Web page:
Former Senator Dorgan Donates Congressional Papers to UND

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University of North Dakota


Former U.S. Sen. Byron L. Dorgan visits UND today to talk about his 'Byron L. Dorgan Papers' and other important topics

Former U.S. Senator Byron Dorgan was on the University of North Dakota campus Thursday to announce with UND President Robert Kelley that the movement of the collection of papers and records of Dorgan's 30 years in the Congress has now been completed.

UND was designated by Sen. Dorgan as the repository for the papers and records of his three decades served in the U.S. House and U.S. Senate. More than 1,700 boxes of records have now been received by the Elwyn B. Robinson Department of Special Collections in the Chester Fritz Library which will categorize and be the repository for those records. The Chester Fritz collection also includes the congressional records of Sen. Quentin Burdick and Sen. Milton Young among others.

In December 2010, UND and Sen. Dorgan launched a Memorandum of Understanding that, at some point in the future, it is his intent to deposit hundreds of boxes of material, documents and writings to the UND Department of Special Collections.

“We are deeply honored that the University of North Dakota, through the Elwyn B. Robinson Department of Special Collections in the Chester Fritz Library, is the repository of Sen. Dorgan’s Congressional papers, notes and writings,” said UND President Robert Kelley. “We are very proud to claim Sen. Dorgan as one of our esteemed alumni, whose legacy of service to his alma mater, state and nation over 30 years, is nothing short of legendary. In the future, The Byron L. Dorgan Papers will rest alongside the writings of other North Dakota political giants, including Quentin Burdick, Usher Burdick, William Langer, Milton Young and William Lemke, for the benefit of public understanding and discourse.”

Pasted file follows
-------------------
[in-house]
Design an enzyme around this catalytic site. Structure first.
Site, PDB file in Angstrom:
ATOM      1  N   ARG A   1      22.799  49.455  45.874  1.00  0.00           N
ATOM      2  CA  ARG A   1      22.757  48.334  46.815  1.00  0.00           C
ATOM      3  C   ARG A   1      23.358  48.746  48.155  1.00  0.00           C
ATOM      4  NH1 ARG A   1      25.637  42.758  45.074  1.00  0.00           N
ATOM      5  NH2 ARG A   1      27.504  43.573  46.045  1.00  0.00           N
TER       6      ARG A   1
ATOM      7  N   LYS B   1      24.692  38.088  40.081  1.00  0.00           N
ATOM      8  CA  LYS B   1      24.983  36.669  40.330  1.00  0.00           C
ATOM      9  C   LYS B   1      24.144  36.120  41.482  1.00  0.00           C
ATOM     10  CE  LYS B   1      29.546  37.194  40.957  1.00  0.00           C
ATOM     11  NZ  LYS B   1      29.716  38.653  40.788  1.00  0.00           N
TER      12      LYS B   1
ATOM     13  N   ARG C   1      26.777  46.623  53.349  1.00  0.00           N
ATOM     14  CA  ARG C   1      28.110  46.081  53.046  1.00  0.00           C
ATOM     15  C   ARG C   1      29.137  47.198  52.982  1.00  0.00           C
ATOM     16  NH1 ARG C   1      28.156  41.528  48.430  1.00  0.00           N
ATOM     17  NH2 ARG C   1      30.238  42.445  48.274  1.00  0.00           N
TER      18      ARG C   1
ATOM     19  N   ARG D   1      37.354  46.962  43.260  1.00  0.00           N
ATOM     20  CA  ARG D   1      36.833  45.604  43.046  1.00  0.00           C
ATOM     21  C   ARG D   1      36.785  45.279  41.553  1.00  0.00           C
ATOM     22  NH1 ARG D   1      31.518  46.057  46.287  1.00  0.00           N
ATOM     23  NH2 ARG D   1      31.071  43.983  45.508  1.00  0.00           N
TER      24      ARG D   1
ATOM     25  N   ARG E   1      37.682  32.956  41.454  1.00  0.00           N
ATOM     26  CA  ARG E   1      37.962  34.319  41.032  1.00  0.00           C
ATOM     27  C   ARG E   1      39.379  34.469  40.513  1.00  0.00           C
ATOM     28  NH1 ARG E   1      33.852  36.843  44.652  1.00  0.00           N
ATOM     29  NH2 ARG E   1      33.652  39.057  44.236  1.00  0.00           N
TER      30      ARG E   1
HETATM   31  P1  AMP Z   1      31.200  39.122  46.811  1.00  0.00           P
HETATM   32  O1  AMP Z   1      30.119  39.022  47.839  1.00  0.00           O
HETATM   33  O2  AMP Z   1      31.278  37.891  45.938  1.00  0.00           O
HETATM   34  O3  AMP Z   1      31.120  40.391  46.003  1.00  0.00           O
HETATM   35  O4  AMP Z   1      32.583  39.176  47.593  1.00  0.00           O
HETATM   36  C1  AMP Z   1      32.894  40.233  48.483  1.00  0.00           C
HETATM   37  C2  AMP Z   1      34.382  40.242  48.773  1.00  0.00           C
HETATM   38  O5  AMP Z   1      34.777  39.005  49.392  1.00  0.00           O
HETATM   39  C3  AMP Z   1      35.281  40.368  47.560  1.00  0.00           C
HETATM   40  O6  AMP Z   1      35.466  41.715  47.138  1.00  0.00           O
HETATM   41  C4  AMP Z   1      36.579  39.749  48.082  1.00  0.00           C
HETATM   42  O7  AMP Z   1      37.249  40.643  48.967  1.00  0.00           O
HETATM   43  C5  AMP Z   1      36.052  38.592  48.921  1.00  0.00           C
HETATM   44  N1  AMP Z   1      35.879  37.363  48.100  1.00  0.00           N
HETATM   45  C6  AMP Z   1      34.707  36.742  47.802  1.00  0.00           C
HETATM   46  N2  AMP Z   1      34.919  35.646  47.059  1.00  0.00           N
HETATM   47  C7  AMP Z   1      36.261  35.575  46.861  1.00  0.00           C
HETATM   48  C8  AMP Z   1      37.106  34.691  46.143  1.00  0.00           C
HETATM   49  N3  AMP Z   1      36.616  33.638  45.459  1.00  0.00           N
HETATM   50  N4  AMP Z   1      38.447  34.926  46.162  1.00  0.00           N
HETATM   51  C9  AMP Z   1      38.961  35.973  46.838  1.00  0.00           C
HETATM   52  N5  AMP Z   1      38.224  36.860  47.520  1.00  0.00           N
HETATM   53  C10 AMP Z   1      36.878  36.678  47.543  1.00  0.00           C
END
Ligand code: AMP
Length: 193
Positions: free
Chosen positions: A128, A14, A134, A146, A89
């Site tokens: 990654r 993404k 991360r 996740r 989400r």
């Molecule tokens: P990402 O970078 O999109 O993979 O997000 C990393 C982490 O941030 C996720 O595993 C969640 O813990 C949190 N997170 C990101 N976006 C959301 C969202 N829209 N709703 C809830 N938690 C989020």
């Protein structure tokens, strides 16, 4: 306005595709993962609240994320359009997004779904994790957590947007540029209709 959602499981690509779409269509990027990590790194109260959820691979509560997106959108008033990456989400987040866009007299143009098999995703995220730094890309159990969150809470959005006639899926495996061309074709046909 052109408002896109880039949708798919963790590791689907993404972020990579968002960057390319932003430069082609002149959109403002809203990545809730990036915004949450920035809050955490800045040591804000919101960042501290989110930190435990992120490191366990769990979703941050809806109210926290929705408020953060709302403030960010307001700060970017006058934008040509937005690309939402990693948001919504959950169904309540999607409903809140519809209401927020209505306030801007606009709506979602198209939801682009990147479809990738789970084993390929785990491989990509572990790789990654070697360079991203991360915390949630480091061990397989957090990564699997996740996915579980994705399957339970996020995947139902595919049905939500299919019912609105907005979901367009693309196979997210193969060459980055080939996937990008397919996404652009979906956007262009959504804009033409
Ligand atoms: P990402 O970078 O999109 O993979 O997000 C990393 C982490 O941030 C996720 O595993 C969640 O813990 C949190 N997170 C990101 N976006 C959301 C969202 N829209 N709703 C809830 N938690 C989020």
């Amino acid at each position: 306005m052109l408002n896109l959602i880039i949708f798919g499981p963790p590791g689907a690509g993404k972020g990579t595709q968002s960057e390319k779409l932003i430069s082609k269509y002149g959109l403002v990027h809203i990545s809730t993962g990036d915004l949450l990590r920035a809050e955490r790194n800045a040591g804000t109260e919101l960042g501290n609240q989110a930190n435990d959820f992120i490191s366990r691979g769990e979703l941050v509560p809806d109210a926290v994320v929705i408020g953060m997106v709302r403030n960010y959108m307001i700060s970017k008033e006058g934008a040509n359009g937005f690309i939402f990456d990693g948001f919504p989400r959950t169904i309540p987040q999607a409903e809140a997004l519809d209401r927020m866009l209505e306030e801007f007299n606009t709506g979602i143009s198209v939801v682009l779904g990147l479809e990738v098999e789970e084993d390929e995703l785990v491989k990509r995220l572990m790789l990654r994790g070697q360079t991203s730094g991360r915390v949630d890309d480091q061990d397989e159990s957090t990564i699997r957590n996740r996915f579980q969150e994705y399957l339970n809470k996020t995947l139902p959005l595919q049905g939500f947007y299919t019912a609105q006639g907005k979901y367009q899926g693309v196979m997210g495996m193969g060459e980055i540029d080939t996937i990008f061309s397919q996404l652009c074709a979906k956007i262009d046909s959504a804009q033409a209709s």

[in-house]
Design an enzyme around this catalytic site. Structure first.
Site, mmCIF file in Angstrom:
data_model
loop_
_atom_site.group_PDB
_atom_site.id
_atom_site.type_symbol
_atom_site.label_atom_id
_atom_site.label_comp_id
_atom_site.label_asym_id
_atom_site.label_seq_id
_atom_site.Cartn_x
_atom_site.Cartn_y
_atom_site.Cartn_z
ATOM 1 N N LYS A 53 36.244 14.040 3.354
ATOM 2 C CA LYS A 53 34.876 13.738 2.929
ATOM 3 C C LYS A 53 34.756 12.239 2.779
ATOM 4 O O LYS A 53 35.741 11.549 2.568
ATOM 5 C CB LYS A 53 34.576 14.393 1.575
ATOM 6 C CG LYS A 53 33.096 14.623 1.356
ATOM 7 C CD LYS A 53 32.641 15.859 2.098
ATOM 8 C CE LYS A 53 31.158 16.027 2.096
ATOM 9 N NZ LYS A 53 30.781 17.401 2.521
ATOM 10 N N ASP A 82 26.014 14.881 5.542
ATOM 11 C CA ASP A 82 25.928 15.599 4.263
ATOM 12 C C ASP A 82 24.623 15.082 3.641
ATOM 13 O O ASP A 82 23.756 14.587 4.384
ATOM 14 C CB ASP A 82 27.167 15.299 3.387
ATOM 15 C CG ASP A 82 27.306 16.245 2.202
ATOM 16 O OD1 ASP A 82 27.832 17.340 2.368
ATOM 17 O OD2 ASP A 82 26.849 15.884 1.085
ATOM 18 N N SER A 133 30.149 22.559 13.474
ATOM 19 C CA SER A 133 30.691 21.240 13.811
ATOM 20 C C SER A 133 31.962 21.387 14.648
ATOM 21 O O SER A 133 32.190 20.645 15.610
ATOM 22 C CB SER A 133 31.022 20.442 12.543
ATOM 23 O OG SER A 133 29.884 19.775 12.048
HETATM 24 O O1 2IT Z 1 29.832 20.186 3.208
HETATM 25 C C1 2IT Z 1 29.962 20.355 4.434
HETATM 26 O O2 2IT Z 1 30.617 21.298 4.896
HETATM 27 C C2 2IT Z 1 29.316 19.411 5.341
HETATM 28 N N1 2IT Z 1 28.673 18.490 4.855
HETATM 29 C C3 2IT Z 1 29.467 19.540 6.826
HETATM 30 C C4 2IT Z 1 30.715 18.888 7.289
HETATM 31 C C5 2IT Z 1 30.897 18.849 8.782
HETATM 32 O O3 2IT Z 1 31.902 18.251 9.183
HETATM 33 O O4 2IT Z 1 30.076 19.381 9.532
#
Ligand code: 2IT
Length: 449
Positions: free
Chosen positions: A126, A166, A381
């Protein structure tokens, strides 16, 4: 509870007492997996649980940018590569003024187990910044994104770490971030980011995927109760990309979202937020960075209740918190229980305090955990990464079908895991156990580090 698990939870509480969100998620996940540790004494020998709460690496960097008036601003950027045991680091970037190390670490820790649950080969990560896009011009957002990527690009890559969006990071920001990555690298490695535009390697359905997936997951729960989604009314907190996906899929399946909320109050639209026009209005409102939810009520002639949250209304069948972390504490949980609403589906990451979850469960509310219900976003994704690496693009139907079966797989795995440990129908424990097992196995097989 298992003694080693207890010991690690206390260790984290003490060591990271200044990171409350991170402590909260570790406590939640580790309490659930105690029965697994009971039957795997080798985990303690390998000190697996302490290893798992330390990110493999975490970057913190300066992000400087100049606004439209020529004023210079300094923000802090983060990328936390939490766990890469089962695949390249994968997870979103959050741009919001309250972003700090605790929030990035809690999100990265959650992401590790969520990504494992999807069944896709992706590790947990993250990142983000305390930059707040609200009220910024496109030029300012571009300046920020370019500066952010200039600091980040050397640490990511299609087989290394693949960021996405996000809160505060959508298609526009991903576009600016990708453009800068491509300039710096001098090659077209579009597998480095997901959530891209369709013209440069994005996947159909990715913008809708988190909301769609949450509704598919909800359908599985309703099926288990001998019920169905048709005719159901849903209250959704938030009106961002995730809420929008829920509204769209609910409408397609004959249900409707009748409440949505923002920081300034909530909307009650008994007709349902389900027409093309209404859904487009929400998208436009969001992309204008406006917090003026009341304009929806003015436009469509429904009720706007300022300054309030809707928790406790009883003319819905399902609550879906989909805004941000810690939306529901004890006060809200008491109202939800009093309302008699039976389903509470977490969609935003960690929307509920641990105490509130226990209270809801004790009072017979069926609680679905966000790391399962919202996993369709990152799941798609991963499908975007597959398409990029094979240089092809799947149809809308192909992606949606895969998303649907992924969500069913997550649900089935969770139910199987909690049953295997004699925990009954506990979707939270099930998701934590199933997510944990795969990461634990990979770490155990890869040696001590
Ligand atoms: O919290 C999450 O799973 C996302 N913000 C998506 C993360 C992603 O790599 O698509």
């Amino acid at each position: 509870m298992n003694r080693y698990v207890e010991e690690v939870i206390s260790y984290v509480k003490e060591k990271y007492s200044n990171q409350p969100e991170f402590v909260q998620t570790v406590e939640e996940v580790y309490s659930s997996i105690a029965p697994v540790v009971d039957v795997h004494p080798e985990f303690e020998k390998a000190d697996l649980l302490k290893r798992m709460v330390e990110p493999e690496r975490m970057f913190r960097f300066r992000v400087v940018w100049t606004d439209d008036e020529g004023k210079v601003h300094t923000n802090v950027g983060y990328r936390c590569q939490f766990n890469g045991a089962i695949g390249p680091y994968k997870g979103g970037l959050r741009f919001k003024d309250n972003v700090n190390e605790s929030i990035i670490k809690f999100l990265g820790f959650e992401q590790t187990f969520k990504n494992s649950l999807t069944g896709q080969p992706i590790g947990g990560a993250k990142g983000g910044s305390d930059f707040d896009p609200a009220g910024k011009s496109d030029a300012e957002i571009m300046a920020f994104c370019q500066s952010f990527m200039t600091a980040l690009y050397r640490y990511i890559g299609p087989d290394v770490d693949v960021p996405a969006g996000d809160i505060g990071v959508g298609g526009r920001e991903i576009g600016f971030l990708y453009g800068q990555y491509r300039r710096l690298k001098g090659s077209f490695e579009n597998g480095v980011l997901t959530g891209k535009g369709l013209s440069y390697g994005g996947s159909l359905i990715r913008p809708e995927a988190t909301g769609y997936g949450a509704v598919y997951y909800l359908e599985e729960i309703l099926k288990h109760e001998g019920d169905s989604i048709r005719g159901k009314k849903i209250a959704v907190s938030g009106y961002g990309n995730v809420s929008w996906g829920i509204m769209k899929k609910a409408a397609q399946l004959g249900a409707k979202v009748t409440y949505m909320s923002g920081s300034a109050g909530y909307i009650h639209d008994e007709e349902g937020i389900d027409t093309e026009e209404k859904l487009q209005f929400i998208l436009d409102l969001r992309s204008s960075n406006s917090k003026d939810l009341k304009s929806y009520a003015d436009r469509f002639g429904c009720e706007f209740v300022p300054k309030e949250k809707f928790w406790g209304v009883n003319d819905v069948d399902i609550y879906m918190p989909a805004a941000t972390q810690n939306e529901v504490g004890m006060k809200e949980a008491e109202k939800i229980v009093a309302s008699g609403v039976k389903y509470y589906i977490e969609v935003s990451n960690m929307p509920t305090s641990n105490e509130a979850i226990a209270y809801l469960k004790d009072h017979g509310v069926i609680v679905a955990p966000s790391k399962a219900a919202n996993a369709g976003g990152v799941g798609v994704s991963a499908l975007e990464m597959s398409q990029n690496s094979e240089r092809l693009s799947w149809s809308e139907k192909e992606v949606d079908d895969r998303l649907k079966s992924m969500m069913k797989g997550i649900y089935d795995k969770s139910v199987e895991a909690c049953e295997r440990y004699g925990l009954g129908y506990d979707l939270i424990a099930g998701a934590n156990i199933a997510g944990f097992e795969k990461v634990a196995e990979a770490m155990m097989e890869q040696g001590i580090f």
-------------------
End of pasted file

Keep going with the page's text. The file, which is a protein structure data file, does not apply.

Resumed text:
The Byron L. Dorgan Papers also will join other important historical archives of local, national and international significance in the Elwyn B. Robinson Department of Special Collections. The department already is home to the papers of famed American military commander Gen. George S. Patton, and renowned North Dakota poet Thomas McGrath and playwright Maxwell Anderson

Dorgan, who received his undergraduate degree from UND, said he's enormously proud of his service in Congress and he's pleased that UND has agreed to be the repository for his official papers.

"It's a great honor for me to have my Alma mater maintain the official records from my Congressional career," Sen. Dorgan said.

Dorgan was on campus Thursday for another purpose as well. He is doing guest lectures at a number of university classes in his role as Distinguished Visiting Professor. Also, while in Grand Forks, Sen. Dorgan attended a meeting of the Red River Valley Research Corridor, which he created while he served in the Senate.

Dorgan said that he's also keeping busy in other areas of his life outside of the Senate. He's affiliated with a bipartisan think-tank doing energy work, a Senior Adviser to a law firm, he's a Visiting Professor at Georgetown University, and has a contract to write two more books.

In addition, he has created a new program called the Center for Native American Youth, which works with American Indian children on issues such as teen suicide prevention, substance abuse prevention and more.

"I'm keeping very busy with a wide variety of things I enjoy doing and which I believe will continue to contribute to the public good," Dorgan said.

U.S. Sen. Byron L. Dorgan:

Sen. Dorgan became North Dakota's youngest-ever constitutional officer, at age 26, when he was appointed State Tax Commissioner in 1969. He is well-known for his advocacy on behalf of family farmers, seniors, veterans, American Indians and small businesses.

His Red River Valley Research Corridor initiative has created thousands of jobs in the state and has had a $1 billion impact on the region. The tremendous success of the Research Corridor has helped to curb out-migration and has contributed greatly to North Dakota’s economic prosperity.

Sen. Dorgan held many influential positions in the U.S. Senate. He served as Chairman of the Senate’s Democratic Policy Committee; Committee on Indian Affairs; Energy and Water Development Subcommittee; and Subcommittee on Aviation Operations, Safety and Security. He also was a senior member of the full Appropriations, Commerce and Energy Committees.

Senator Dorgan’s rural upbringing is something he’s very proud of. He grew up in the small southwestern North Dakota community of Regent, where his family worked in the farm equipment and petroleum business and raised cattle and horses.